Posted: September 11, 2020 in: Personal Empowerment, Pain-2-Power

The Difference Between Healthy Self-Love and Narcissism

Self-love gets a bad rap, but it shouldn’t.  Genuine, healthy self-love is simply the recognition of one’s true abilities—be they abilities related to creativity, courage, compassion or anything else.  Self-love doesn’t require a runaway ego; it requires witnessing one’s own potential.  A person need not even “take credit” for that potential.  It simply is.  It exists.  It is a gift.

In this way, self-love is not different from love of the Universe or of God or of Nature.  We are all inseparable from All of what exists in this world.  Being grateful for one’s intelligence or curiosity or talent or temperament is no different than being grateful for other miracle.

When we allow ourselves healthy self-love, we also take on a responsibility.  Because resonating with and embracing our own deepest possibilities implies that we will manifest them.  And that means that others will benefit from them.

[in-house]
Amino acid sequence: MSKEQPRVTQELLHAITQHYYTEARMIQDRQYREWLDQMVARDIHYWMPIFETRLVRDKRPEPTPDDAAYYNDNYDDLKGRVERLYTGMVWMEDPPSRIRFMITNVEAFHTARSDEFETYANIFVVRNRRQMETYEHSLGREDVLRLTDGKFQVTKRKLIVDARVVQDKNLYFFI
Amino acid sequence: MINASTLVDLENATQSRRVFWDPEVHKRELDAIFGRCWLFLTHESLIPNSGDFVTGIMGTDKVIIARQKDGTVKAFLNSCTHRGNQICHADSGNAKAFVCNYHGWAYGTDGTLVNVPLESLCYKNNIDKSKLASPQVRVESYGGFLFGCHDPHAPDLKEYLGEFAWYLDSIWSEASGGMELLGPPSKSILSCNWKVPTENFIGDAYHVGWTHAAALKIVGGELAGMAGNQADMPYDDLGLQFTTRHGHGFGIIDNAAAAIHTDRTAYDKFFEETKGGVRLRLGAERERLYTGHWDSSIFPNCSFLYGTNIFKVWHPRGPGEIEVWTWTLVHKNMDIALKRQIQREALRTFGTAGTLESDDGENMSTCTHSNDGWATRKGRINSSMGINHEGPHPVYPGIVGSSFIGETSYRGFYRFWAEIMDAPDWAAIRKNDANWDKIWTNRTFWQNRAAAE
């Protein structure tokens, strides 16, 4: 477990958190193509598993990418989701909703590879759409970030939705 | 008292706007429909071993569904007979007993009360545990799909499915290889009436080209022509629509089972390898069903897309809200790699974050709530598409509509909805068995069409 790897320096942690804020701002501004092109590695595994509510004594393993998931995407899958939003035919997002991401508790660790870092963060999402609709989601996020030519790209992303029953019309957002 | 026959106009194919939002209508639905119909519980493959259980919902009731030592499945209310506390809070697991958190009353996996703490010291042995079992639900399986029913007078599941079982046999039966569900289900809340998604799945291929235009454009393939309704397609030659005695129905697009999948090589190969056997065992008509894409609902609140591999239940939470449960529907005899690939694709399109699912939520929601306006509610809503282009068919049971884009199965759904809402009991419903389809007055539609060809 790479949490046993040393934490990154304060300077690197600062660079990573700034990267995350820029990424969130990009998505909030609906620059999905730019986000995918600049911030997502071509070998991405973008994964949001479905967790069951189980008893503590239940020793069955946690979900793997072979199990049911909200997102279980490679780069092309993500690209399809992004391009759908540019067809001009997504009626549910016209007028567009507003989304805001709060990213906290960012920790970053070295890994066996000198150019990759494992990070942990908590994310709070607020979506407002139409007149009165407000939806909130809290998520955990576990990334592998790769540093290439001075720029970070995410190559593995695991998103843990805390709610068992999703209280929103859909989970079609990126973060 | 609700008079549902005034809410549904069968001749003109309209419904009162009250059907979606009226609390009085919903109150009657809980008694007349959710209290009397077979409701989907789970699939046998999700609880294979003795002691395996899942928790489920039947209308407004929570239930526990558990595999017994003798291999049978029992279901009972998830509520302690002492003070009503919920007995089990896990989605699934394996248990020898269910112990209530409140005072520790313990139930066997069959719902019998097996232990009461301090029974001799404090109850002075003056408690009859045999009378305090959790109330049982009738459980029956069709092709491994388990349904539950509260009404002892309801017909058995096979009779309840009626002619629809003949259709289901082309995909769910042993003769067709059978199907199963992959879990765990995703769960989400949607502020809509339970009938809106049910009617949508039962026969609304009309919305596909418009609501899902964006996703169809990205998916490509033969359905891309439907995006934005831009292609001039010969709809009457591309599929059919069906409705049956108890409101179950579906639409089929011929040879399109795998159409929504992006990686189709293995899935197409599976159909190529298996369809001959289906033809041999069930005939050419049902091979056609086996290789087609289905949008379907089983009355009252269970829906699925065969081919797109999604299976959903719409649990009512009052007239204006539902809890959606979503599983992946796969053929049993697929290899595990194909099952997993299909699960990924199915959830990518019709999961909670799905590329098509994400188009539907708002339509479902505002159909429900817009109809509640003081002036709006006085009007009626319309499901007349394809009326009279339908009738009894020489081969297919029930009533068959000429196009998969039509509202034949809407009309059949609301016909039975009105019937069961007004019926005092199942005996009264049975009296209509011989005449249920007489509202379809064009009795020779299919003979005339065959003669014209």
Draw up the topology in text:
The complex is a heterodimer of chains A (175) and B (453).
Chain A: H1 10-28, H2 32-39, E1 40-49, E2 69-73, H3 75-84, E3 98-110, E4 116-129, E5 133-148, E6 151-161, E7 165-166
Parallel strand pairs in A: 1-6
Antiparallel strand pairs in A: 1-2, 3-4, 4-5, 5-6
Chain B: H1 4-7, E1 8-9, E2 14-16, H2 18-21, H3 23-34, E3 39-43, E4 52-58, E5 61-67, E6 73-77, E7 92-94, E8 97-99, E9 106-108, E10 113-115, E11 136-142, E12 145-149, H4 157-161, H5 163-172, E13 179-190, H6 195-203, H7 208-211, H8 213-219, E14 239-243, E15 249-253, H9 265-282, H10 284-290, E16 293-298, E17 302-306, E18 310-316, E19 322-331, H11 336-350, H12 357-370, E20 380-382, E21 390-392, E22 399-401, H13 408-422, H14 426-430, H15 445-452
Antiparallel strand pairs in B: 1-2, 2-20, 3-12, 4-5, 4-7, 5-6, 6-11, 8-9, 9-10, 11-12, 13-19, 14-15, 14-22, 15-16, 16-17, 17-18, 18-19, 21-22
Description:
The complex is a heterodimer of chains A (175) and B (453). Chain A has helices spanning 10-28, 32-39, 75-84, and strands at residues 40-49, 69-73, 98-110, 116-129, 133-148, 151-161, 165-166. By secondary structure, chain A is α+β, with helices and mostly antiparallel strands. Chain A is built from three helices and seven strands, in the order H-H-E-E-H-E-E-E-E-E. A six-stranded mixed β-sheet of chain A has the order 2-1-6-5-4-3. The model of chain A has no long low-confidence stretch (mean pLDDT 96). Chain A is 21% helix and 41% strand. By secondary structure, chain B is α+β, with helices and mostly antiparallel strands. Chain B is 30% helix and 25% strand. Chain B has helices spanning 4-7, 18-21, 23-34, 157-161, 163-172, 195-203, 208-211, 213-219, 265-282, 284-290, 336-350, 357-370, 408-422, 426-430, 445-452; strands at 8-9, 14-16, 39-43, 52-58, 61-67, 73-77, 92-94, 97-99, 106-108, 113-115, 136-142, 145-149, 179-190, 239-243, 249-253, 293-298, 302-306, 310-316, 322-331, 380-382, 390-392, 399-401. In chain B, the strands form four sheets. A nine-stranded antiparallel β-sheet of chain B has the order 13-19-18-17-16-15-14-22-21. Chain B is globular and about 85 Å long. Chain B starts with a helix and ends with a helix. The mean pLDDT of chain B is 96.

See, genuine self-love never remains with the individual who feels it.  It emanates from that person, quite naturally.  Others recognize the products of it, right away.  That’s why art created by one individual sometimes speaks to so many people at the same time—sometimes, millions of people.  That’s why a single impassioned speech from one’s heart can move a whole audience or even a whole nation.  It’s why a business built out of an authentic need to manifest something can grow to enormous proportions, serve the needs of many people and employ many, too.

Narcissism is the opposite of genuine self-love.  It is a thin, synthetic, fake form of personal energy that is generated as a substitute for self-love, but it never feels the same to the person generating it or is received in the same way by others exposed to it.  It misses its mark—always.  Those who experience the genuine self-love of another feel something wonderful has been shared and that they have received it.  And they have.  Those who experience the narcissism of another feel (and rightfully so) that something has been taken from them.  They feel used.  Emptied out.  The transfusion of energy is running in the wrong direction.

Seeking and finding real self-love actually dissolves one’s narcissism.  The armor of false self-regard can be dropped.  That is the path each of us should be on—for ourSELVES and for everyone who can know our real selves and be enriched by what we have—truly—to offer.

Dr. Keith Ablow


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